'Creed II' Redeems Drago but Fails to Land a Knockout Directed by Steven Caple Jr.
Starring Michael B. Jordan, Sylvester Stallone, Tessa Thompson, Dolph Lundren, Florian Munteanu
Published Nov 19, 2018There are ghosts haunting Creed II and they define the movie to such an extent that the sequel to Ryan Coogler's highly successful reboot of the Rocky franchise fails to define itself without the spirits it draws from.
Of course, ghosts haunted 2015's Creed as well — specifically, Apollo Creed, father of Adonis Johnson (Michael B. Jordan), who fought to establish his own name while dealing with the memory of a father he never knew by establishing a relationship with one-time Apollo opponent, Rocky Balboa (Sylvester Stallone, who received an Oscar nomination for his performance). A strong performance and incredible directing from Coogler elevated what was essentially a Rocky reboot into a hugely successful film, reinvigorating the franchise.
But just as Creed couldn't escape its Rocky DNA (right down to the climactic result), Creed II struggles to get out from under the franchise's sequels. At the top of this list is Ivan Drago (Dolph Lundgren), the man who killed Apollo Creed in the boxing ring in 1985's Cold War-steeped Rocky IV, an unstoppable product of Russian engineering, finally defeated, in Russia, by a combination of Balboa and American
As Creed II opens, Adonis Creed has become the heavyweight champion of the world (oddly seen through a quick recap, a storytelling problem that persists throughout), but can't enjoy his time at the top because the spotlight is immediately taken by the high-profile arrival of Viktor Drago (Romanian boxer Florian Munteanu), son of Ivan, here to challenge Creed for the title. Quickly, a fight is arranged, Rocky declines to train Creed because it would dishonour Apollo's memory (and it's dangerous) and Adonis is quickly dispatched in the fight against Viktor, who is significantly bigger and stronger. Only Viktor's vicious brutality — egged on ringside by father Ivan — leading to his disqualification saves Creed from losing the title.
This isn't a significant spoiler — this happens early, setting up the rest of the action in the film. (Also, anyone familiar with any of the Rocky franchise is well familiar with the storytelling beats deployed here.) But it has revealed two problems with moving the story forward in the Rocky template. First, director Steven Caple Jr. (The Land) does not live up to the challenge presented any director of a boxing movie — to achieve something different from what some of the greatest directors in film history have done in a boxing ring, most notably Martin Scorsese's Raging Bull. Weirdly, he mostly punts: Creed taking the title is seen on TV screens and via recaps, and the first Drago fight is quick and brutal. Secondly, Creed had an opponent problem that it overcame but Creed II has to pay that bill — namely, Adonis is fighting the ghost of his father in the first movie, while Rocky Balboa had charming, funny and handsome Apollo (Carl Weathers) as a foil.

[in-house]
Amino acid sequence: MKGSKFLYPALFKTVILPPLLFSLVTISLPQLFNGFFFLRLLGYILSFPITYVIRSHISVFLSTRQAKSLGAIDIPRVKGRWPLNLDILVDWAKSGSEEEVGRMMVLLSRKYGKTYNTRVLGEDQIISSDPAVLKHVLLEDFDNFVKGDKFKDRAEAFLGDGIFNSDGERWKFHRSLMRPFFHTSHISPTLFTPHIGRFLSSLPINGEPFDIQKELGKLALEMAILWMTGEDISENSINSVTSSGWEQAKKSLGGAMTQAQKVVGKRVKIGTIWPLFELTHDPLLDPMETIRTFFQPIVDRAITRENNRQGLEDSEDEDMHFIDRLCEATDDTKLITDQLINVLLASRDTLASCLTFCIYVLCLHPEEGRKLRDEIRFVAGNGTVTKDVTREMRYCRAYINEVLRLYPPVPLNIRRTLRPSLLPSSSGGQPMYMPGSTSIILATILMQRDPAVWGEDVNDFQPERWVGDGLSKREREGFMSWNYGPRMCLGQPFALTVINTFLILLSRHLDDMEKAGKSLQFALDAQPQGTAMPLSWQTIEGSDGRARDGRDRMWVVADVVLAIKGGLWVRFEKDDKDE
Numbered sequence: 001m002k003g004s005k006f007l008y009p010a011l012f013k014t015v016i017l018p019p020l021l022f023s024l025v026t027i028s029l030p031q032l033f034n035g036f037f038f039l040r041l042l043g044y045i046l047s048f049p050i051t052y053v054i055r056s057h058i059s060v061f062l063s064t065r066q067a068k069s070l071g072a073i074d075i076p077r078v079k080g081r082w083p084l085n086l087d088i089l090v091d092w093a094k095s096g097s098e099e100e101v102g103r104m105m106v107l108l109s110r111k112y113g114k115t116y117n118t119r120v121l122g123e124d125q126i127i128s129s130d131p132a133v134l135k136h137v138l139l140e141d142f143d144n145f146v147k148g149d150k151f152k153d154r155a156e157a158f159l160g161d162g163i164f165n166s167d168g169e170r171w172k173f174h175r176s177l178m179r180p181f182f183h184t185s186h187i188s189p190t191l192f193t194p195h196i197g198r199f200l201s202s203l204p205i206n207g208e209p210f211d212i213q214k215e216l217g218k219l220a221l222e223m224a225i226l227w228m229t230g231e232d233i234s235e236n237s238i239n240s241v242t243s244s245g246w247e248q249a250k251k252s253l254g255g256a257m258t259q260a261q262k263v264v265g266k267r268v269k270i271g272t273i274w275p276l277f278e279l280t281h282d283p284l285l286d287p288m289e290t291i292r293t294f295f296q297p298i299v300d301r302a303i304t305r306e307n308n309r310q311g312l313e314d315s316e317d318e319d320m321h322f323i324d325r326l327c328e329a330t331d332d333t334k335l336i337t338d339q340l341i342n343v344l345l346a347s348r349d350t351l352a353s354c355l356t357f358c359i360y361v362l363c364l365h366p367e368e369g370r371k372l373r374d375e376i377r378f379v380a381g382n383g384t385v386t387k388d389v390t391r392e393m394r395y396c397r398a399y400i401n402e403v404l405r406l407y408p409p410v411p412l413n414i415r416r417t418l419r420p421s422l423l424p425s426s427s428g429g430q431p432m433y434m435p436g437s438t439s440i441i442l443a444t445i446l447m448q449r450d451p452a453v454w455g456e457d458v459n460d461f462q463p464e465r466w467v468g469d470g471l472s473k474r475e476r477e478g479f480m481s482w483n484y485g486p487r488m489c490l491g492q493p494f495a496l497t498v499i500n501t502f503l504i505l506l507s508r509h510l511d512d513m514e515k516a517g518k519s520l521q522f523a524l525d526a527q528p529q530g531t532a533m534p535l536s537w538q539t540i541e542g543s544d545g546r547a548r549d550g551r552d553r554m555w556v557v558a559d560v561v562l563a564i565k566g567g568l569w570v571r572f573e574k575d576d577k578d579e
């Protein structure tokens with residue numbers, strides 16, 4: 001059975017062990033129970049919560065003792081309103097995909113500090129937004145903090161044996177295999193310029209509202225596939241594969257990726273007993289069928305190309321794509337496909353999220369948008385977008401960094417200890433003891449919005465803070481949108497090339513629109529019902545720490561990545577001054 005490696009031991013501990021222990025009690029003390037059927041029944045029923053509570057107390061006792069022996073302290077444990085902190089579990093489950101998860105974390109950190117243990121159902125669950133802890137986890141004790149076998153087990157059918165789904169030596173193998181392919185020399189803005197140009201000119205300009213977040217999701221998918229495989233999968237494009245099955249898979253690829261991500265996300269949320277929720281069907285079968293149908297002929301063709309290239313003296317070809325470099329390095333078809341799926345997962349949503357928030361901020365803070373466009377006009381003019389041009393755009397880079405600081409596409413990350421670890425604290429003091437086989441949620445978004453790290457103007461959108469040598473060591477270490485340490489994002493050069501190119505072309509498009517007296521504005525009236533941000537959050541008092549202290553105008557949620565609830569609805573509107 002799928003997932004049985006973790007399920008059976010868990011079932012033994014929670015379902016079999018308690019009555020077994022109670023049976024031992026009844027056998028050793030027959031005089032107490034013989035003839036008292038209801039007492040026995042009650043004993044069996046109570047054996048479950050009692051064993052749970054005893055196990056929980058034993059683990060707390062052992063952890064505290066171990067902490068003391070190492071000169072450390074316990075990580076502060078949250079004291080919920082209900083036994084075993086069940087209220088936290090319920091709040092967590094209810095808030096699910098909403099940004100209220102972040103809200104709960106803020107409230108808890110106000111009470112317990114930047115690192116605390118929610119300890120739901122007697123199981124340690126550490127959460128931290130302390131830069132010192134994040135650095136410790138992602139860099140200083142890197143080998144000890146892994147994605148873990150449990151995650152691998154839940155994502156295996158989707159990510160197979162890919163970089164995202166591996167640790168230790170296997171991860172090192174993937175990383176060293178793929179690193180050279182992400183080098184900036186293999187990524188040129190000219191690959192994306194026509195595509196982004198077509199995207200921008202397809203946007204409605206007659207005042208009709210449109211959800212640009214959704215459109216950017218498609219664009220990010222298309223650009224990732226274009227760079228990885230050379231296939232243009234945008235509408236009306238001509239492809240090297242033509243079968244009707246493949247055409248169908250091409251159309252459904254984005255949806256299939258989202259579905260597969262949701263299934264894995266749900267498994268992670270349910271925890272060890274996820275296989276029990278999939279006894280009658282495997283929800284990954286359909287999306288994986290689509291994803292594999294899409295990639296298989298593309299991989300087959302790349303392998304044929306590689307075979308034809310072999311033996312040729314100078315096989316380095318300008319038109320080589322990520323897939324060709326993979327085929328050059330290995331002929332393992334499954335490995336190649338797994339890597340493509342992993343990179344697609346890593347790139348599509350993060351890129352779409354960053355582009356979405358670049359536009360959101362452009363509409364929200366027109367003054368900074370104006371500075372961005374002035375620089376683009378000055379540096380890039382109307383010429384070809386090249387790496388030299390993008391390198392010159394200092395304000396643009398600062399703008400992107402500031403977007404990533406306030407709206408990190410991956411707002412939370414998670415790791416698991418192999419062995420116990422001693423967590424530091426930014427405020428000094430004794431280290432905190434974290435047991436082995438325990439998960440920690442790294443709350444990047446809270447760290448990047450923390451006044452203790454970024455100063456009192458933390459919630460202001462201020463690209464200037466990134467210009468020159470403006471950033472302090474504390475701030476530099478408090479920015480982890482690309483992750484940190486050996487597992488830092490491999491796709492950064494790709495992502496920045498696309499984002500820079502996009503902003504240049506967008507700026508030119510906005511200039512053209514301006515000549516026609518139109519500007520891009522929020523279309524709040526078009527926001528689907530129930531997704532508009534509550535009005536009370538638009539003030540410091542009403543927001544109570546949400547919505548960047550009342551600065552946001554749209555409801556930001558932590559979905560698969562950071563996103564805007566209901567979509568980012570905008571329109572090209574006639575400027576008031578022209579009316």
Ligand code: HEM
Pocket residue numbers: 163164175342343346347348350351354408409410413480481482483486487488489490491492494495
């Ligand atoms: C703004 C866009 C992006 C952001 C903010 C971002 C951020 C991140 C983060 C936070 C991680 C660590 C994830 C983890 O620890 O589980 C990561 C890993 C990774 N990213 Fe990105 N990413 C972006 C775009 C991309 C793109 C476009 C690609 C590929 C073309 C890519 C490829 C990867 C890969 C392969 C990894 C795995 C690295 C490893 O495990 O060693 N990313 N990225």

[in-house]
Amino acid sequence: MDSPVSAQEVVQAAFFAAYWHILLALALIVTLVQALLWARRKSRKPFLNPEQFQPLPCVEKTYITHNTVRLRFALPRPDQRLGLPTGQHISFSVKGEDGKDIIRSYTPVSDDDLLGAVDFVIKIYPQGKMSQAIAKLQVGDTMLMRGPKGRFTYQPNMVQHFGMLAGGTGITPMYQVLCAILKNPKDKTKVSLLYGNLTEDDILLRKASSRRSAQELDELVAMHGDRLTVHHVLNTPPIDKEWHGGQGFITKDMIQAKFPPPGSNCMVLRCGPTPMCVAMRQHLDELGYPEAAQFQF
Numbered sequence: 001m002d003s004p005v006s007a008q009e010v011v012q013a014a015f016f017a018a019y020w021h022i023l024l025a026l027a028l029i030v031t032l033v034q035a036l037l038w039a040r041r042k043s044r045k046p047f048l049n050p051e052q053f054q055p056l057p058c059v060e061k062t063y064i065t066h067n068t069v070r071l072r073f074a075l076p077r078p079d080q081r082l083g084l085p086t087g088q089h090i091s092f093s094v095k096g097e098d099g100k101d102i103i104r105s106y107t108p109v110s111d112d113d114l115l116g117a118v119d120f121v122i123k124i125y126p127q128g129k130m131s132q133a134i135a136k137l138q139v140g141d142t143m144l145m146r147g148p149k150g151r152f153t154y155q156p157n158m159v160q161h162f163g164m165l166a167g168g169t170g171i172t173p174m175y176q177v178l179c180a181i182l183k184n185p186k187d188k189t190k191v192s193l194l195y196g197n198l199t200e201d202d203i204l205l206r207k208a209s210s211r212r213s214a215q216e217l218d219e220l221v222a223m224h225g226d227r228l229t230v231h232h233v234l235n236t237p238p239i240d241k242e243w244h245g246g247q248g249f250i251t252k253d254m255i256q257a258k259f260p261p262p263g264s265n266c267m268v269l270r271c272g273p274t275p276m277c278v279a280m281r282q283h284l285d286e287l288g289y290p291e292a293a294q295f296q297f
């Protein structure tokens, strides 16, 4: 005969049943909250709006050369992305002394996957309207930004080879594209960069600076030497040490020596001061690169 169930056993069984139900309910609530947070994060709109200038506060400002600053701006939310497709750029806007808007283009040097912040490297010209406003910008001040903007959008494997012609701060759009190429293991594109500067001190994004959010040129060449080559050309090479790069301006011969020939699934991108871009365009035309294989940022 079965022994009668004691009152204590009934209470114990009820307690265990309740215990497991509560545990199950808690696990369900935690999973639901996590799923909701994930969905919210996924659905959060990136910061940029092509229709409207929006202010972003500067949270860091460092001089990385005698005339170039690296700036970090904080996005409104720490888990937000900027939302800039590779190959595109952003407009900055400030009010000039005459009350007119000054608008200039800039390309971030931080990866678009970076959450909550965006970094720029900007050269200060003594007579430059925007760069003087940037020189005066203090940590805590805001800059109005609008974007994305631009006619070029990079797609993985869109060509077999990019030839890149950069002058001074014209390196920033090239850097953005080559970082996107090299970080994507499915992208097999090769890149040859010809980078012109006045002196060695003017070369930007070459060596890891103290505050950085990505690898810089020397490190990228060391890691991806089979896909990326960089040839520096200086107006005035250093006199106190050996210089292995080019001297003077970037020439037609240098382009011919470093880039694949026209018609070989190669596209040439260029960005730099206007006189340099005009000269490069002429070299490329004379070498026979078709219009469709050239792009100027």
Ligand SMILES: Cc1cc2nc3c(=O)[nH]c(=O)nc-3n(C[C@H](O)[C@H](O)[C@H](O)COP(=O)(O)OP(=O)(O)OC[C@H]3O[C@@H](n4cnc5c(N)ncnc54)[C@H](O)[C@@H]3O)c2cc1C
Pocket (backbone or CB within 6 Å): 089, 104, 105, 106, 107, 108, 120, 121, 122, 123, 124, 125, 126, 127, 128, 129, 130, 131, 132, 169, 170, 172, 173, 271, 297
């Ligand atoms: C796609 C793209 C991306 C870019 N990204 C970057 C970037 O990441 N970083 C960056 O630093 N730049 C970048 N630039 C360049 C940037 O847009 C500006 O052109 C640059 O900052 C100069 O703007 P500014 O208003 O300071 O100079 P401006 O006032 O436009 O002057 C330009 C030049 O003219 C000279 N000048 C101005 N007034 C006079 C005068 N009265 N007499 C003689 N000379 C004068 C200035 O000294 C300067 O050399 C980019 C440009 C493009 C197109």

And so, without an established opponent with whom Adonis has a relationship that can carry sequels forward, Creed II again has to turn to ghosts. Rocky III's Clubber Lang (Mr. T) is one of them; Viktor Drago is more akin to Lang's pure power and destruction, forcing Creed into a change of boxing style. The other is obviously Papa Drago, who unexpectedly turns into the emotional heart of Creed II. Drago, we discover, was completely destroyed by the Balboa fight 30 years ago, losing his wife, his home and all his fame and fortune — he's a disgrace and a laughing stock in his homeland. In anger and frustration, he's built his son into a destructive force, and the way Creed II deals sensitively with Drago's own memories (including a cameo by one-time '80s action heroine Brigitte Nielsen) make you wish for more of that side of this familiar tale.
Adonis Creed struggles after losing to Drago; he and now-wife Bianca (Tessa Thompson) start building a family with the support of Apollo's widow Mary Anne (Phylicia Rashad) and he stops boxing and training, unable to overcome the loss. Until he does, decides he needs to fight Drago again — training montage, final fight, end. Why does he want to quit boxing, and why does he return, despite having kinda achieved what he wanted in the first place? I don't know, and worse, Creed II doesn't know either.